AND SO: here is a post bordering on New-Age claptrap, I still hope it can give some sense
For some of us starting new things, changing direction, entertaining new ideas – stirs fear:
As children most of us are encouraged to believe that our life should somehow fulfill the expectations of others, that we will (or should) find our satisfactions as they have found theirs. Rather than being taught to ask ourselves who we are, we are schooled to ask others. We are, in effect, trained to listen to others’ versions of ourselves. We are brought up in our life as told to us by someone else! When we survey our lives, seeking to fulfill our creativity, we often see we had a dream that went glimmering because we believed, and those around us believed, that the dream was beyond our reach. Many of us would have been, or at least might have been, done, tried something, if…
If we had known who we really were.
As mentioned in my last post, I do not subscribed to an idea of the self is a pre-existing entity, and so I do not agree in Cameron´s notion of who we really are. But she has a really good point regarding whose version of ourselves we try to fulfill. (The only thing that might actually be worse than searching for my own original self is searching for the others/society’s idea of my original self).
Change doesn’t only stir fear in ourselves: Who am I now? Where is this going to end???, it also tend to disturb people who know (or think they know) us.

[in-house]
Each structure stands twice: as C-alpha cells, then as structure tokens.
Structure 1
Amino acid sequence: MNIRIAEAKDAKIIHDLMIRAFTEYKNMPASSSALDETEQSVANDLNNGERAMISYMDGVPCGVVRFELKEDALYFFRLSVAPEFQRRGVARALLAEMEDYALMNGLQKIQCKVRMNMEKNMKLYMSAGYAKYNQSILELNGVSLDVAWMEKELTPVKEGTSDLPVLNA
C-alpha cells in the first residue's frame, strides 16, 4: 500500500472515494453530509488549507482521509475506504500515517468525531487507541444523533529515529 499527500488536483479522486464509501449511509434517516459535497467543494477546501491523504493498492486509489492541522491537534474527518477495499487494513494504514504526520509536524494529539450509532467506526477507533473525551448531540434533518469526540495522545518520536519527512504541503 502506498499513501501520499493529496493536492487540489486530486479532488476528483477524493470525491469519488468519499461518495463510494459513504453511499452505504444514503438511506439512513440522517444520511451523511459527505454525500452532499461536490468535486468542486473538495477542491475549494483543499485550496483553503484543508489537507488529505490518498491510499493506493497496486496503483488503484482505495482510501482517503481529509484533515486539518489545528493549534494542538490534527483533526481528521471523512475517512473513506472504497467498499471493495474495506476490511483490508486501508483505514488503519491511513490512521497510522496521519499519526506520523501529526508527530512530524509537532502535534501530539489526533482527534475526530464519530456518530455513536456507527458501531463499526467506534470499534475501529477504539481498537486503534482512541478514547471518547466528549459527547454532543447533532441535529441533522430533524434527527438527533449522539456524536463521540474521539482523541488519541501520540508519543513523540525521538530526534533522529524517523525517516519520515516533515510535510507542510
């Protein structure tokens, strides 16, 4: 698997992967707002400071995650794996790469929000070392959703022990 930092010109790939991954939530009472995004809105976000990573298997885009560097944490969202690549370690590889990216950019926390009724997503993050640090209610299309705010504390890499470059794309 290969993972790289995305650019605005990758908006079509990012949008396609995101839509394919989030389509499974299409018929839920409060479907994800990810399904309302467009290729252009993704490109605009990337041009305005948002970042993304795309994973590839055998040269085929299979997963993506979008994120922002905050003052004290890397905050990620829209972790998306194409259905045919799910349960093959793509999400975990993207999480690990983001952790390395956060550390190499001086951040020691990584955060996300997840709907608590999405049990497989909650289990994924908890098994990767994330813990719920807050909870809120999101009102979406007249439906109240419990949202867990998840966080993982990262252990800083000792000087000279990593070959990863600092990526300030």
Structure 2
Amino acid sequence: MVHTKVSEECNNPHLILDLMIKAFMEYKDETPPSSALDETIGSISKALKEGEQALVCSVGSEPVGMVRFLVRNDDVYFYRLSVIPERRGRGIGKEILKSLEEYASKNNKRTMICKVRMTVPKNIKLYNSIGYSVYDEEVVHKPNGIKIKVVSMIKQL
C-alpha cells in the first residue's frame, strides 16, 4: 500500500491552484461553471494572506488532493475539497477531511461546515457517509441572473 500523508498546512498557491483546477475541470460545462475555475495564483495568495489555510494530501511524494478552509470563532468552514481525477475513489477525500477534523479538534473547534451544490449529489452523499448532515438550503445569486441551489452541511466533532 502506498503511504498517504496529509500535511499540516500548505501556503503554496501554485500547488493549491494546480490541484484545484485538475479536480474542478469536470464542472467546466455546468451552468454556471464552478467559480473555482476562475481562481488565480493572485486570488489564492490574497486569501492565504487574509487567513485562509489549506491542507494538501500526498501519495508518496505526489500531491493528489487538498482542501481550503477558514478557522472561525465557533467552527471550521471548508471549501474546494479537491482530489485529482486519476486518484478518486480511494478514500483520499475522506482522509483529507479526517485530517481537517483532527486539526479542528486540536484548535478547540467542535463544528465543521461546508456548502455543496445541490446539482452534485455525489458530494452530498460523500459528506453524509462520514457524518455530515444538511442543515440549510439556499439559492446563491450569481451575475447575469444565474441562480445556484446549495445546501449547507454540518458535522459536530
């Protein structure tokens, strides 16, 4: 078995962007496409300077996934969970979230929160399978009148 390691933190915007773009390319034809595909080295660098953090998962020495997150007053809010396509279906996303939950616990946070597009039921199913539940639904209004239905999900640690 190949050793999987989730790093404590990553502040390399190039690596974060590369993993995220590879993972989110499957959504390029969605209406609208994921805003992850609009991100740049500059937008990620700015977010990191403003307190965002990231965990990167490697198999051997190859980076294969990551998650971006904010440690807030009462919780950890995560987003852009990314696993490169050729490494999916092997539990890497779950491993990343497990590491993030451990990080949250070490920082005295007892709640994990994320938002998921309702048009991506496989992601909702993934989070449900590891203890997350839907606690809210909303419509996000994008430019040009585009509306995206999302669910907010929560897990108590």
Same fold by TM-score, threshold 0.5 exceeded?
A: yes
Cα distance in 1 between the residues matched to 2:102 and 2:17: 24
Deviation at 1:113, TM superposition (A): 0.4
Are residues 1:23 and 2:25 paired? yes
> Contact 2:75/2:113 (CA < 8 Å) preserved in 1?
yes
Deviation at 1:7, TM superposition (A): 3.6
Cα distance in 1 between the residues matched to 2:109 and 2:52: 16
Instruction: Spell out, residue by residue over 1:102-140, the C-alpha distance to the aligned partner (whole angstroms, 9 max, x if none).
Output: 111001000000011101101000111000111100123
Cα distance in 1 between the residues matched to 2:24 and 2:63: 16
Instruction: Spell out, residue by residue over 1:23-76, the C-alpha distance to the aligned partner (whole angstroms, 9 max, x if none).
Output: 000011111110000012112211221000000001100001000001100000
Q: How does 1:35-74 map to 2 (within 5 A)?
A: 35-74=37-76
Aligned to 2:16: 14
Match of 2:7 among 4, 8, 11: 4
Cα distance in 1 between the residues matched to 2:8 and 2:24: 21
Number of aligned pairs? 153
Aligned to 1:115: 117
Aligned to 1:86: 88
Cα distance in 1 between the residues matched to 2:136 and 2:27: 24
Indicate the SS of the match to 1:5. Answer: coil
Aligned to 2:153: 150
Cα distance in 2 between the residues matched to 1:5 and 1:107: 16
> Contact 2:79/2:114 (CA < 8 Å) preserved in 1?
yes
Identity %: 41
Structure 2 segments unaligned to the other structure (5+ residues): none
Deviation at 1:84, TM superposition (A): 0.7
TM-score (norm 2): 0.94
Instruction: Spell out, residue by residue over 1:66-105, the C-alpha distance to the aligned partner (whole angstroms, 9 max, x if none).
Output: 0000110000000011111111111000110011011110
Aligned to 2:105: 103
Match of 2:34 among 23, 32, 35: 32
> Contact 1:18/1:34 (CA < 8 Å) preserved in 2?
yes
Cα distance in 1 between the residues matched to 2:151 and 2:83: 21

But as Virginia Woolf once told us:
A self that goes on changing is a self that goes on living
If you don’t enjoy the doing, then do something else …
In the brilliant book Art and Fear we are told:
Making art can feel dangerous and revealing. Making art is dangerous and revealing. Making art precipitates self-doubt, stirring deep waters that lay between what you know you should be, and what you fear you might be. For many people, that alone is enough to prevent their ever getting started at all —
Yet viewed objectively, these fears obviously have less to do with art than they do with the artist. And even less to do with the individual artworks. After all, in making art you bring your highest skills to bear upon the materials and ideas you most care about. Art is a high calling — fears are coincidental. Coincidental, sneaky and disruptive, we might add, disguising themselves variously as laziness, resistance to deadlines, irritation with materials or surroundings, distraction over the achievements of others — indeed anything that keeps you from giving your work your best shot.
What separates artists from ex-artists is that those who challenge their fears, continue; those who don’t, quit. Each step in the artmaking process puts that issue to the test.
― David Bayles,